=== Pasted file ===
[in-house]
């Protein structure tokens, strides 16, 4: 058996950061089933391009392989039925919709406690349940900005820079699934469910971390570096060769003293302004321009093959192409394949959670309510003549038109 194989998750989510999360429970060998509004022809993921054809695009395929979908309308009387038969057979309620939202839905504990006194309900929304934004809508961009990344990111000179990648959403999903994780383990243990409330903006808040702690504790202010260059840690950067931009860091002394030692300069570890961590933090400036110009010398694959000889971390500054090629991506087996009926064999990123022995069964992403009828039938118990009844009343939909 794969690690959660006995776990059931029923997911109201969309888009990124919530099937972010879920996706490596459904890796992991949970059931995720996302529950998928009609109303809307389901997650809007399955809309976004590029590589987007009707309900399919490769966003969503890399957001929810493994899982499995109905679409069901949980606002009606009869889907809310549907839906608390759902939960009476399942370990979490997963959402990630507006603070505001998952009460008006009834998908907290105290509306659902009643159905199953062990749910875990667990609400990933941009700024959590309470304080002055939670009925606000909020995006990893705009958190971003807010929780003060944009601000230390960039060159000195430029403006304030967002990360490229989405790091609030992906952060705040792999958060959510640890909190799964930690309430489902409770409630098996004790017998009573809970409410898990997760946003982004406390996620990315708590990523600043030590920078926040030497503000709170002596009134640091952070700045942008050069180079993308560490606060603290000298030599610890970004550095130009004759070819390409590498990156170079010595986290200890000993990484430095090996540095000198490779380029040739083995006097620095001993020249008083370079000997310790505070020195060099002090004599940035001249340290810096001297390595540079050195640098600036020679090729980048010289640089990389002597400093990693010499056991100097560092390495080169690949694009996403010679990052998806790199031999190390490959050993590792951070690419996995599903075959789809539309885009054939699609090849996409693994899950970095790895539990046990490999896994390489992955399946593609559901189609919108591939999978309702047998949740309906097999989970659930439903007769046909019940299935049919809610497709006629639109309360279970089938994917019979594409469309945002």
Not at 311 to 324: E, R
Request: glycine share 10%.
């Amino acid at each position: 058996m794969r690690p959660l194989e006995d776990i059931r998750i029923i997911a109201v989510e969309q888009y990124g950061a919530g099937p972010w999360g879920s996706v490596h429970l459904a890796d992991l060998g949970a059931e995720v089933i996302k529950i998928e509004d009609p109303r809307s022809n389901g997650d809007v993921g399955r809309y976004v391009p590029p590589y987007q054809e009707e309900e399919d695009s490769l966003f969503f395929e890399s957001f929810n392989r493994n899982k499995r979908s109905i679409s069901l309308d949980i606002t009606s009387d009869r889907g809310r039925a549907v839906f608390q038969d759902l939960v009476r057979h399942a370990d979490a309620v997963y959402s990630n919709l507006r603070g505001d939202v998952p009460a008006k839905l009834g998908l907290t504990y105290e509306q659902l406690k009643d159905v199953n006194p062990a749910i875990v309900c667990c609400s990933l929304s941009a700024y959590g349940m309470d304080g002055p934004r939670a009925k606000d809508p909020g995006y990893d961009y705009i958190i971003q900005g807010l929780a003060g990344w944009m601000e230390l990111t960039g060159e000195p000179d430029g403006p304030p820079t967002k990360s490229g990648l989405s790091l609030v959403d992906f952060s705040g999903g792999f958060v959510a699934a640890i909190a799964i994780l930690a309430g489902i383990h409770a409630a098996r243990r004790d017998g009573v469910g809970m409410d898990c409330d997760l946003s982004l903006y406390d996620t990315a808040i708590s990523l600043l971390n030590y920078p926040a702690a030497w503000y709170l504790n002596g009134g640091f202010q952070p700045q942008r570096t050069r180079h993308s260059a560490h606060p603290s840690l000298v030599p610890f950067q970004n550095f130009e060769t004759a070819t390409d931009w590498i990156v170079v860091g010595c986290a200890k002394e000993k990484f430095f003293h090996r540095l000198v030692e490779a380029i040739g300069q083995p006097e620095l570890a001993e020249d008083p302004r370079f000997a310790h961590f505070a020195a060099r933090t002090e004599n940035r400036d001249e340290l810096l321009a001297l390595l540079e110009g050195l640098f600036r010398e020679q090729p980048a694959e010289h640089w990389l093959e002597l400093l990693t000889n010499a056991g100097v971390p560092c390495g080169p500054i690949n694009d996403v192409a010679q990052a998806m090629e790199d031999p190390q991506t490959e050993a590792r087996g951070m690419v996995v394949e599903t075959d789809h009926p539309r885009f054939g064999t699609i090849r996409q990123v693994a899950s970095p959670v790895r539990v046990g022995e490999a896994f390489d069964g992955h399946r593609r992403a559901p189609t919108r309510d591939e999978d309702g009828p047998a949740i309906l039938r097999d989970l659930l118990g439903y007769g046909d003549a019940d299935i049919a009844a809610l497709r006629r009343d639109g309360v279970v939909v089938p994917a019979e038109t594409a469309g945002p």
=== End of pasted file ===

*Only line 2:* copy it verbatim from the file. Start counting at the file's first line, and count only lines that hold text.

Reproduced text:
């Protein structure tokens, strides 16, 4: 058996950061089933391009392989039925919709406690349940900005820079699934469910971390570096060769003293302004321009093959192409394949959670309510003549038109 194989998750989510999360429970060998509004022809993921054809695009395929979908309308009387038969057979309620939202839905504990006194309900929304934004809508961009990344990111000179990648959403999903994780383990243990409330903006808040702690504790202010260059840690950067931009860091002394030692300069570890961590933090400036110009010398694959000889971390500054090629991506087996009926064999990123022995069964992403009828039938118990009844009343939909 794969690690959660006995776990059931029923997911109201969309888009990124919530099937972010879920996706490596459904890796992991949970059931995720996302529950998928009609109303809307389901997650809007399955809309976004590029590589987007009707309900399919490769966003969503890399957001929810493994899982499995109905679409069901949980606002009606009869889907809310549907839906608390759902939960009476399942370990979490997963959402990630507006603070505001998952009460008006009834998908907290105290509306659902009643159905199953062990749910875990667990609400990933941009700024959590309470304080002055939670009925606000909020995006990893705009958190971003807010929780003060944009601000230390960039060159000195430029403006304030967002990360490229989405790091609030992906952060705040792999958060959510640890909190799964930690309430489902409770409630098996004790017998009573809970409410898990997760946003982004406390996620990315708590990523600043030590920078926040030497503000709170002596009134640091952070700045942008050069180079993308560490606060603290000298030599610890970004550095130009004759070819390409590498990156170079010595986290200890000993990484430095090996540095000198490779380029040739083995006097620095001993020249008083370079000997310790505070020195060099002090004599940035001249340290810096001297390595540079050195640098600036020679090729980048010289640089990389002597400093990693010499056991100097560092390495080169690949694009996403010679990052998806790199031999190390490959050993590792951070690419996995599903075959789809539309885009054939699609090849996409693994899950970095790895539990046990490999896994390489992955399946593609559901189609919108591939999978309702047998949740309906097999989970659930439903007769046909019940299935049919809610497709006629639109309360279970089938994917019979594409469309945002």